If he had become Madison’s mayor back then, his future as a politician would have been etched, and he might have lost the flexibility he has enjoyed throughout a career that has been as varied as it has been successful. Amato has been a health care executive with Meriter Health Services and a member of the University of Wisconsin Hospital Authority Board. He was president and CEO of Forward Wisconsin under Tommy Thompson. He was a senior vice president with Wisconsin Power and Light, and president and executive director of the Wisconsin Industrial Energy Group. He was a member of the University of Wisconsin Board of Regents and president of the Wisconsin Technical College System Board of Directors. He has been the proprietor of Nino Amato and Associates for the last decade, traveling across the nation dispensing management advice to health-care organizations of all shapes and sizes.

Billy Feitlinger is the executive director of the Wisconsin Association for Retired Americans, an organization made up of retirees who are or were union members. He has been friends with Amato since Amato’s city council days, and he says it is Amato’s gift for creating and maintaining strong relationships that will help him the most in his work for CWAG.

“Nino was considered one of the most conservative members of the council, but the two people he was closest to were Rich Gross and Mike Sack, who were two of the most liberal,” Feitlinger says. “He has all of this experience and knowledge now, and even back then he had the kind of personality that bridged gaps and brought people together. He can disagree and maintain his relationships.”;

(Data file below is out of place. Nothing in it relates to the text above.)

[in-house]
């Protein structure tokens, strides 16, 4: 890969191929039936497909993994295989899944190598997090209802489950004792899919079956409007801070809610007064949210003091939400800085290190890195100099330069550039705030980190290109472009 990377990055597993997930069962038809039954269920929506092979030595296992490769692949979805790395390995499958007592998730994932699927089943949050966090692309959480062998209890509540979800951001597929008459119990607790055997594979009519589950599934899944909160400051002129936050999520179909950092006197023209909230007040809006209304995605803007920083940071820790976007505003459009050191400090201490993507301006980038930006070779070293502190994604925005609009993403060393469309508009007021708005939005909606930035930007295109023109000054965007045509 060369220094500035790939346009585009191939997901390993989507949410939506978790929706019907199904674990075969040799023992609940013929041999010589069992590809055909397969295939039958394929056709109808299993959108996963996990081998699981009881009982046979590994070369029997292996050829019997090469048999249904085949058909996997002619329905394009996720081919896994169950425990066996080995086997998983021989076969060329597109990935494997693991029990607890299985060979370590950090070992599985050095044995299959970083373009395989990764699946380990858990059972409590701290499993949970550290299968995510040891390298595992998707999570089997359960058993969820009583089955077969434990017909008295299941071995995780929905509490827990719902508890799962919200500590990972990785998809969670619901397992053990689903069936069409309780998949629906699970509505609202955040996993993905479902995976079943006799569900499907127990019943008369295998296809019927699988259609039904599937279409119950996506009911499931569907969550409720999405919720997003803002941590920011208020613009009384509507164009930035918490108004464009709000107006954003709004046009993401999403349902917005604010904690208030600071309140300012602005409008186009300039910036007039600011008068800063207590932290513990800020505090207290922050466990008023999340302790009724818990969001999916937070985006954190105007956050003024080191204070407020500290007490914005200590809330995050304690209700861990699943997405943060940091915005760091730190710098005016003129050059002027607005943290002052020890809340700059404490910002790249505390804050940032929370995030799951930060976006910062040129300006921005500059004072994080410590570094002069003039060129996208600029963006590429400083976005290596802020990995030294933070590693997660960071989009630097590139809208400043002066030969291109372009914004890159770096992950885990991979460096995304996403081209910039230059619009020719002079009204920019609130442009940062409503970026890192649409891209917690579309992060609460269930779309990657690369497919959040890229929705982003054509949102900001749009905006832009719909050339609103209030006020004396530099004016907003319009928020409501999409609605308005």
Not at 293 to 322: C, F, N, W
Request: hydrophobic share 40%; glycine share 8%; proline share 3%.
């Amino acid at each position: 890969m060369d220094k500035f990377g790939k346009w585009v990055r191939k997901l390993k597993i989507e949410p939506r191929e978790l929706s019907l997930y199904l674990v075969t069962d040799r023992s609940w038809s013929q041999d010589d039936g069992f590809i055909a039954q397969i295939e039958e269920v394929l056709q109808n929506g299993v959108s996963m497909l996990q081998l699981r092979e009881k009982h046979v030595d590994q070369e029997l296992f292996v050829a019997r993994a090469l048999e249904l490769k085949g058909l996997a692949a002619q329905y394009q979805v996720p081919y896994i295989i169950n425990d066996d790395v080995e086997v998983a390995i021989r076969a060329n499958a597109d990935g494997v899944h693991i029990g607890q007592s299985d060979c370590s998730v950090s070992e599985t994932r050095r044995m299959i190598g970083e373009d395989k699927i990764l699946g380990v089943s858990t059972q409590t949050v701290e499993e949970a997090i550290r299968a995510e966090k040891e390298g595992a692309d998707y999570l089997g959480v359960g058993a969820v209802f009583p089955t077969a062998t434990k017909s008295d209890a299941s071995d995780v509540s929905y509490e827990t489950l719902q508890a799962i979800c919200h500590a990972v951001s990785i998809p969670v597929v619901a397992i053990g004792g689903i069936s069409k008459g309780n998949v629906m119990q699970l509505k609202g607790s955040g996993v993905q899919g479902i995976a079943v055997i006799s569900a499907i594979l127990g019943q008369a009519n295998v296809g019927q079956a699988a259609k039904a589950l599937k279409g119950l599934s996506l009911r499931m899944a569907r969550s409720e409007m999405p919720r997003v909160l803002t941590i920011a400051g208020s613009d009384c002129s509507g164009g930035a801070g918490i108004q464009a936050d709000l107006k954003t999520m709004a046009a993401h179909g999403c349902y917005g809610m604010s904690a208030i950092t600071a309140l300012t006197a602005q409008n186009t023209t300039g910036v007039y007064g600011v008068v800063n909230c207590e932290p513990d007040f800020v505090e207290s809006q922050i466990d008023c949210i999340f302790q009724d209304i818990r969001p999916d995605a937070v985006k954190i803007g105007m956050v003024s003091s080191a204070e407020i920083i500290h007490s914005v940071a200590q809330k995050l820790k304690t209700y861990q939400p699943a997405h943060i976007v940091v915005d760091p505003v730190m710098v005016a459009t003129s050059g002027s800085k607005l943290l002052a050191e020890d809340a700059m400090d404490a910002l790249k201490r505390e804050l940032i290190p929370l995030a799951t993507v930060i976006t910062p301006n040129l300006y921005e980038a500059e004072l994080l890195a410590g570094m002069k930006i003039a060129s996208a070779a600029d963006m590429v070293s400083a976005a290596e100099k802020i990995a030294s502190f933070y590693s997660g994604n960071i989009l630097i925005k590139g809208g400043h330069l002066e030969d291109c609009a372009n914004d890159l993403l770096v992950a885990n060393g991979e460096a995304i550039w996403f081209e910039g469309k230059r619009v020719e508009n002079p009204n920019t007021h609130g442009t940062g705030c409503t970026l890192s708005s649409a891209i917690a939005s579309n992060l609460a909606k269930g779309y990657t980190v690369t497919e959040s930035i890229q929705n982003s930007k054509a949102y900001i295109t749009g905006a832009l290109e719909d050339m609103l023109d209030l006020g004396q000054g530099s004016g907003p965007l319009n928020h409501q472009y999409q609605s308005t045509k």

Yes, Amato brings a lot to the table. And as it turns out, the timing may not have been better. To hear the experts tell it, Wisconsin’s aging and disabled populations are going to need all of Amato’s skills and experience just to survive in the next couple decades.

CWAG CEO and governing board chair Mike Linton says that with baby boomers entering the ranks of the retired his organization is, for the first time, dealing with four separate generations at once.

“We find more and more that we are working with elderly people and their retired children at the same time,” Linton says.

The collection of nonprofit groups that make up the Wisconsin Way coalition point to the state’s changing age demographics as the top reason the state needs to quickly figure out new ways to fund and deliver public services and develop the economy. With the largest generation in U.S. history entering retirement age, and everyone from every generation living longer, we face an uncertainty about the future that quickly starts to look a lot like fear.